BREVITY's Nonfiction Blog

HamletHamlet realizes his story is not “my dad was murdered” but instead, “I will find out who killed my dad and punish them.”

Many of us write a memoir or a personal essay after, around, or during a dramatic event in our lives. Cancer. Death of a loved one. Running a marathon. Climbing Everest. And many memoirs and essays remain unpublished because a dramatic event isn’t enough.

Think about it–any newspaper front page is covered in dramatic situations, worthy of reporting but mostly conveying information. The emotional reaction of the reader is grounded in their own experience meeting the facts, rather than empathy for the protagonist, or a desire to see them “win.”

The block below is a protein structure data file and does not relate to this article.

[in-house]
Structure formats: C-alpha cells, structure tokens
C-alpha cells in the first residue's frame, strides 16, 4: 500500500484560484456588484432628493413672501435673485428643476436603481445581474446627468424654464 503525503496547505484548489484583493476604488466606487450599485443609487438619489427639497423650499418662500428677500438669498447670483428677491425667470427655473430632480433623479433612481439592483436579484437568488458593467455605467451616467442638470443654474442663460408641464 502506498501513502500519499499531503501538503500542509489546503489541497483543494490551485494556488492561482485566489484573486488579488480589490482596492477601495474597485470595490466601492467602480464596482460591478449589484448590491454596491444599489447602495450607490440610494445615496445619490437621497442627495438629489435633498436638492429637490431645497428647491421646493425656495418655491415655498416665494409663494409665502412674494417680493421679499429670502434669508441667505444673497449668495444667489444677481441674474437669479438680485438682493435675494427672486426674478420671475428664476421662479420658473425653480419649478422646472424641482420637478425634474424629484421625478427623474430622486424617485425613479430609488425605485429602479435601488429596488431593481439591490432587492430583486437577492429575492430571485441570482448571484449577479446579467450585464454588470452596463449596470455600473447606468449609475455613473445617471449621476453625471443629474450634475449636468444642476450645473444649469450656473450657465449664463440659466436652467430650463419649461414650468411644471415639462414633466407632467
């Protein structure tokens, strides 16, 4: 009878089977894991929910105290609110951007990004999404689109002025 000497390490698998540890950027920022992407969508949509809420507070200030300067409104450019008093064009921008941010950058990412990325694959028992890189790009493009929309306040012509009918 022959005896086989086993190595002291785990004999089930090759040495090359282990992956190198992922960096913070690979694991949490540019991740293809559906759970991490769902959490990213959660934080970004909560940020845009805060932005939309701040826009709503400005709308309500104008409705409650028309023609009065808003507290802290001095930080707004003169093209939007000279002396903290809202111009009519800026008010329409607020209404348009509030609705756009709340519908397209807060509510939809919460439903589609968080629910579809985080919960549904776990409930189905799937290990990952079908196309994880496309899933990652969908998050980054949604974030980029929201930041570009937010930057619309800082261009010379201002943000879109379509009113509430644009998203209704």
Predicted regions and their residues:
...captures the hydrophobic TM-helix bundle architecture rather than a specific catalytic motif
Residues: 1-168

Car Crash Claims Three

is a dramatic situation. It’s not a dramatic journey unless the reporter goes for a larger picture, and the larger picture has to include a protagonist taking a dramatic action.

Crash Claims Three:…

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